Implementing WCF Service Virtualization

OmarROmarR Posts: 228 admin
edited May 2017 in Virtualize

Implementing WCF Service Virtualization


This document can be used in conjunction with the .NET Routing Service documentation to assist users in setting up their WCF service for Virtualization. We will be focusing on the second method of configuration using a Virtualize Proxy and specifically reviewing the requirements for configuring the AUT to point to the .NET Routing Service.

AUT <-> .NET Routing Service <-> Virtualize Proxy <-> .NET Routing Service <-> Real WCF Service


Aside from configuring the AUT to point to the “AutToVirtualize” address, the user will need to apply the correct Service bindings in their proxy configuration file as described in Microsoft's documentation. The most efficient way to configure your proxy configuration file is to extract the bindings from your current working client configuration file or use the Service Model Metadata Utility Tool (svcutil) to generate a new one.

For example, a user could do this from the command line with the following syntax:
Svcutil.exe http://[REAL-SERVICE-URL?WSDL]

This will generate a configuration file and a code file that contains the client class. We will only need the configuration file for our scenario. Once a configuration file is acquired, we can copy the bindings to our proxy "RoutingService.exe.config" file and move on to configuring our AUT to point to the “AutToVirtualize” address.


1. Open Command Prompt and run the following command:

Note: You may need to open the command prompt in Administrator mode to generate the configuration files successfully.

The output.config file will be generated in the same directory where SvcUtil.exe is located.

2. Open the output.config file. Copy the bindings that are associated with the endpoint you wish to Virtualize. The binding attributes generated will vary depending on your service and the svcutil you used to create your output.config file.

Note: The binding highlighted above describes the transport, security, and message encoding for the web service’s endpoint. The SOAP Client needs to know the endpoint’s binding to communicate with the endpoint successfully. In this case, there is no security enabled for my endpoint, therefore, the security mode is set to “None”. The SOAP Client can determine the endpoint’s binding automatically from a WSDL document or in this case, from a .NET WCF client configuration file.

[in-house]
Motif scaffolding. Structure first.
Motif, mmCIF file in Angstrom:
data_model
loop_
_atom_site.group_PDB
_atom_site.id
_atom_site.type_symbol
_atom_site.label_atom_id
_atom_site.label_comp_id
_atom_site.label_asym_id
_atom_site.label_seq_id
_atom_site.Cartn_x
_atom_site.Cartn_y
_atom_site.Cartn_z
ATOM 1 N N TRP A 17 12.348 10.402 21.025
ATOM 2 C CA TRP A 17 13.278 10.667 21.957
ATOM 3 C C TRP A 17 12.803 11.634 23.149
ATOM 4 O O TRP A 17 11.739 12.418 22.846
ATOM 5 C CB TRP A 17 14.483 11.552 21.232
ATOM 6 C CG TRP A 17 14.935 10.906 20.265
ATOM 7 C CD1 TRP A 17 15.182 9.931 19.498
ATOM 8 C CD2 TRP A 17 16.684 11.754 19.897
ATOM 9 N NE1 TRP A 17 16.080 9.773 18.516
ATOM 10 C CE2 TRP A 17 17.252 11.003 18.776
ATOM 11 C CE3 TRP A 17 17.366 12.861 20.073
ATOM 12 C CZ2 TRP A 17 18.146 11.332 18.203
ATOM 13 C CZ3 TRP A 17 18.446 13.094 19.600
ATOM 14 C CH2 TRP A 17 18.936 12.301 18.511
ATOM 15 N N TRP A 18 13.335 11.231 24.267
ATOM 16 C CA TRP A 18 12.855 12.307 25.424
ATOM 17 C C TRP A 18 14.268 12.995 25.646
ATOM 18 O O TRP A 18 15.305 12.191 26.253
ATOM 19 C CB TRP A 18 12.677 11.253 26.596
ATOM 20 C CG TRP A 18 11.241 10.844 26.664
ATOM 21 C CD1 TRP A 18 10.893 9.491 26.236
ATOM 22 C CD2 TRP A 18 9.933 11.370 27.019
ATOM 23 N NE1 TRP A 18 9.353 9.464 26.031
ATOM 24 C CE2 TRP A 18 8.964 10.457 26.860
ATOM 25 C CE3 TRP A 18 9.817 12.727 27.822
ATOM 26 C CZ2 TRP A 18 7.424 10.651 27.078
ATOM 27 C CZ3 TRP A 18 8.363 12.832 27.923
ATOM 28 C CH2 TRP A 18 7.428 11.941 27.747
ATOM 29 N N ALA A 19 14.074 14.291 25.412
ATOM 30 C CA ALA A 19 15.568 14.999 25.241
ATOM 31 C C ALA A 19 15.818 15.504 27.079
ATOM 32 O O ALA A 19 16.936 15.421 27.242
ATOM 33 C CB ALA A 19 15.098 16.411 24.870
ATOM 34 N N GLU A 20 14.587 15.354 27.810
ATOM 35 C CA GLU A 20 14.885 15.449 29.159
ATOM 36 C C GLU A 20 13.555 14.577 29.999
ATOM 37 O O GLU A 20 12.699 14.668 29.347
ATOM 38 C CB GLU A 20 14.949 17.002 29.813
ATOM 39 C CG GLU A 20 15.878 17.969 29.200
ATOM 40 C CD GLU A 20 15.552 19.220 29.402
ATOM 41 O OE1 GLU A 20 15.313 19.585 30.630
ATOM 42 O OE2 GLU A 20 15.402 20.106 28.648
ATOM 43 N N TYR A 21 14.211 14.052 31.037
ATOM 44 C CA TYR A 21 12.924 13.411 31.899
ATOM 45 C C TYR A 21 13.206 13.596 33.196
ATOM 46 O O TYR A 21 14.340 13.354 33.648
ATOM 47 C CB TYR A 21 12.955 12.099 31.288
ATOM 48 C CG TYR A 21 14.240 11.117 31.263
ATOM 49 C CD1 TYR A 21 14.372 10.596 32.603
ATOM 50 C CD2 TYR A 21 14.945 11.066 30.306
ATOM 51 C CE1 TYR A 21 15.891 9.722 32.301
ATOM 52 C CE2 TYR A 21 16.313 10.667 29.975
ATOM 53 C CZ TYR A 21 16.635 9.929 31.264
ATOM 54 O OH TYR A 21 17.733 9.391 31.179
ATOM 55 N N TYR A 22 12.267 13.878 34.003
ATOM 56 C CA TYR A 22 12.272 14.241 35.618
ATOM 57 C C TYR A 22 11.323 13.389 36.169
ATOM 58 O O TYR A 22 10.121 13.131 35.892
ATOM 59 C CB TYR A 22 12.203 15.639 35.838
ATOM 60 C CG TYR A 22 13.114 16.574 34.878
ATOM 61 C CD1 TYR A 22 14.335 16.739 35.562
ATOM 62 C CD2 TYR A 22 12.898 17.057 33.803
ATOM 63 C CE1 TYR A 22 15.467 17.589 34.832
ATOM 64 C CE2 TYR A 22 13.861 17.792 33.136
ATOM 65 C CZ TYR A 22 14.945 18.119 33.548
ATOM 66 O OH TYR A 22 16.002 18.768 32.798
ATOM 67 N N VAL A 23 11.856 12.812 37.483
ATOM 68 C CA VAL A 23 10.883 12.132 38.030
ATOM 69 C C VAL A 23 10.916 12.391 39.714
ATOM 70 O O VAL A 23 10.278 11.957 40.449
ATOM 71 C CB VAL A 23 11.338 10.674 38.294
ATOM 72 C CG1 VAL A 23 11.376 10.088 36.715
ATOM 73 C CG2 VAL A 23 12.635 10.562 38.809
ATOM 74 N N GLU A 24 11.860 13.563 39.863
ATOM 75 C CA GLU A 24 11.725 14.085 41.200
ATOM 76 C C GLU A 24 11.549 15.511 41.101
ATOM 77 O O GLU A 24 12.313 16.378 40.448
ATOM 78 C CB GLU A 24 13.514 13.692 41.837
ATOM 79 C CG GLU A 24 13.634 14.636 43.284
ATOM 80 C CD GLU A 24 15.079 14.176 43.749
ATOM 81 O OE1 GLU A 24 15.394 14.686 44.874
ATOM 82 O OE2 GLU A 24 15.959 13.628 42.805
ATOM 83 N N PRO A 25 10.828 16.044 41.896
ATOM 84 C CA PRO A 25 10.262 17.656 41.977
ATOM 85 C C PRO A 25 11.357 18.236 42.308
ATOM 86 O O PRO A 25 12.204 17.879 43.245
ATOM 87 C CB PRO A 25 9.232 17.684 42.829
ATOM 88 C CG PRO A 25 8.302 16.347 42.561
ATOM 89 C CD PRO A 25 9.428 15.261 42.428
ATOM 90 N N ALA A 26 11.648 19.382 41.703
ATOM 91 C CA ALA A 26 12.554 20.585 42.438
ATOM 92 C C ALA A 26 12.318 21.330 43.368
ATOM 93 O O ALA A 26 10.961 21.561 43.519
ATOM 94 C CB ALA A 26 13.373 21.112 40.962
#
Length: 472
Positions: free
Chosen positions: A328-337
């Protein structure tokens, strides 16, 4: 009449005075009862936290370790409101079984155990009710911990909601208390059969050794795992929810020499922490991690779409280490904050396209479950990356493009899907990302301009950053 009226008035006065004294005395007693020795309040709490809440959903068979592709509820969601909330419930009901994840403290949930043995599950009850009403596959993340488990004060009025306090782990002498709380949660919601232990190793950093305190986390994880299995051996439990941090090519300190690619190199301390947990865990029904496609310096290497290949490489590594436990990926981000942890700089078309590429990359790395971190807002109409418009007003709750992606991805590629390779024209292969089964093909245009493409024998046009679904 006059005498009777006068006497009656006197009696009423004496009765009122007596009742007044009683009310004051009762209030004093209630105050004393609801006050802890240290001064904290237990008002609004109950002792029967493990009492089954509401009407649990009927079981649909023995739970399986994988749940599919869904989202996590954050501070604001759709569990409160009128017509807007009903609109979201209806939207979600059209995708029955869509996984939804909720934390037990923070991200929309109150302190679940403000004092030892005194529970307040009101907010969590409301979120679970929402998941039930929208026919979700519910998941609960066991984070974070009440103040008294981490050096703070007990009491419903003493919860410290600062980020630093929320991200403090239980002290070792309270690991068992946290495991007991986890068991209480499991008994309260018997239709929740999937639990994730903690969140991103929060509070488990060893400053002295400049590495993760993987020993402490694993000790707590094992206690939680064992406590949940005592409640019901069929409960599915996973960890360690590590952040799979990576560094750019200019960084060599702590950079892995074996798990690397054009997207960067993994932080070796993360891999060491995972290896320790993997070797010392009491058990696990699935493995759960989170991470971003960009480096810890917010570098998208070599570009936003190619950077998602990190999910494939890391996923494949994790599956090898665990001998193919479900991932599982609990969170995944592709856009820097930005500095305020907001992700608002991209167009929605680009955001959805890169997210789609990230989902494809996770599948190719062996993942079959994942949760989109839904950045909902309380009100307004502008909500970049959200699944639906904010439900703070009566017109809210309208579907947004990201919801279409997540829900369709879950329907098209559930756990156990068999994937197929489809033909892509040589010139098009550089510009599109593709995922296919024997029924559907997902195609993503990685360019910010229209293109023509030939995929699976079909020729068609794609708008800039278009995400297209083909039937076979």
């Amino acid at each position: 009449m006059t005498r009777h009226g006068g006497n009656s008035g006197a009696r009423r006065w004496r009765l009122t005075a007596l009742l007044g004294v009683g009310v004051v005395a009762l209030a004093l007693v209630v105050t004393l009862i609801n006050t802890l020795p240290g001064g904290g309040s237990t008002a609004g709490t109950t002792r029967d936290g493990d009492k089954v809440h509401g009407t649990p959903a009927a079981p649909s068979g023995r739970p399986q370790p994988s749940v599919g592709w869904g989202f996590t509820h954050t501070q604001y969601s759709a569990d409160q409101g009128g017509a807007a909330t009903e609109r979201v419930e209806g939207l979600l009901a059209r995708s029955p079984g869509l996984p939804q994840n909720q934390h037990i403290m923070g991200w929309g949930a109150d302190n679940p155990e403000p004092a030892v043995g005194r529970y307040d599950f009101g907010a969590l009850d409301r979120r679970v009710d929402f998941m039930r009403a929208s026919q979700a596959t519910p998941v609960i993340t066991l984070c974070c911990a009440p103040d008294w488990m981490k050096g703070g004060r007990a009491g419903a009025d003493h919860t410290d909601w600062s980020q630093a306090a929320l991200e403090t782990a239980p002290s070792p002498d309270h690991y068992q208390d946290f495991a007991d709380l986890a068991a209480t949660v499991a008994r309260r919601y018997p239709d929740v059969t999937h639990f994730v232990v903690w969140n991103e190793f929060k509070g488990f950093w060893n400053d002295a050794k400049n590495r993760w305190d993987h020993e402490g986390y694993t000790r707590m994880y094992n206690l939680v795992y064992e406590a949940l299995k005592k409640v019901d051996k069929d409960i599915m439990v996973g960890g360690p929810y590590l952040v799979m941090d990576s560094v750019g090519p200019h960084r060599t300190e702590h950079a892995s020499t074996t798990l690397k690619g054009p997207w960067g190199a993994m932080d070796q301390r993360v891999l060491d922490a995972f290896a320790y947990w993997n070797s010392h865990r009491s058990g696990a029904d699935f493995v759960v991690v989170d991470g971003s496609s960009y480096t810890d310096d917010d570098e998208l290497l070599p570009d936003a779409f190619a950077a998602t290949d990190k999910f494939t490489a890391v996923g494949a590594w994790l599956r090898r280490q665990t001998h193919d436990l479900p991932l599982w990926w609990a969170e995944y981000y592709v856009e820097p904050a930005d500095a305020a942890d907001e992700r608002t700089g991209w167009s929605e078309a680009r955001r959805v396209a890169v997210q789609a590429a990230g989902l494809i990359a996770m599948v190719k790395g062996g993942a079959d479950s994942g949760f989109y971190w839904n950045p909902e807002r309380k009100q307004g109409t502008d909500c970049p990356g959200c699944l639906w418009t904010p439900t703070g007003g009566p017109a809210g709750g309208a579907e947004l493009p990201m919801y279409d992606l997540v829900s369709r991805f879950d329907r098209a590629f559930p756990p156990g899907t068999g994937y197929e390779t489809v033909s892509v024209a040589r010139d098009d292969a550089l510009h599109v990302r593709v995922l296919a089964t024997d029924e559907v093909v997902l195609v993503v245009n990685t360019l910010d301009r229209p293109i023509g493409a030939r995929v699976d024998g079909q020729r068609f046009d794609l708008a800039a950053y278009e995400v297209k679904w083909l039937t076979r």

3. Paste these bindings in your Proxy configuration file, RoutingService.exe.config, accordingly. This will allow for the proxy to communicate with the Service.

4. As documentation suggests, you will also need to configure your AUT to point to the “AutToVirtualize” address (Routing Service). In your client configuration file, locate the Service endpoint you wish to Virtualize. For my example, I used the same output.config file generated from earlier as my new client configuration file. You may also choose to modify your client config file instead (the config file that is currently used to communicate with your service directly).

5. Replace the real endpoint with the routing address endpoint. I used the default routing address shown below: net.tcp://localhost:8001/router/AutToVirtualize

6. You may create a Provisioning Action to confirm that your client config and proxy config files were configured correctly.

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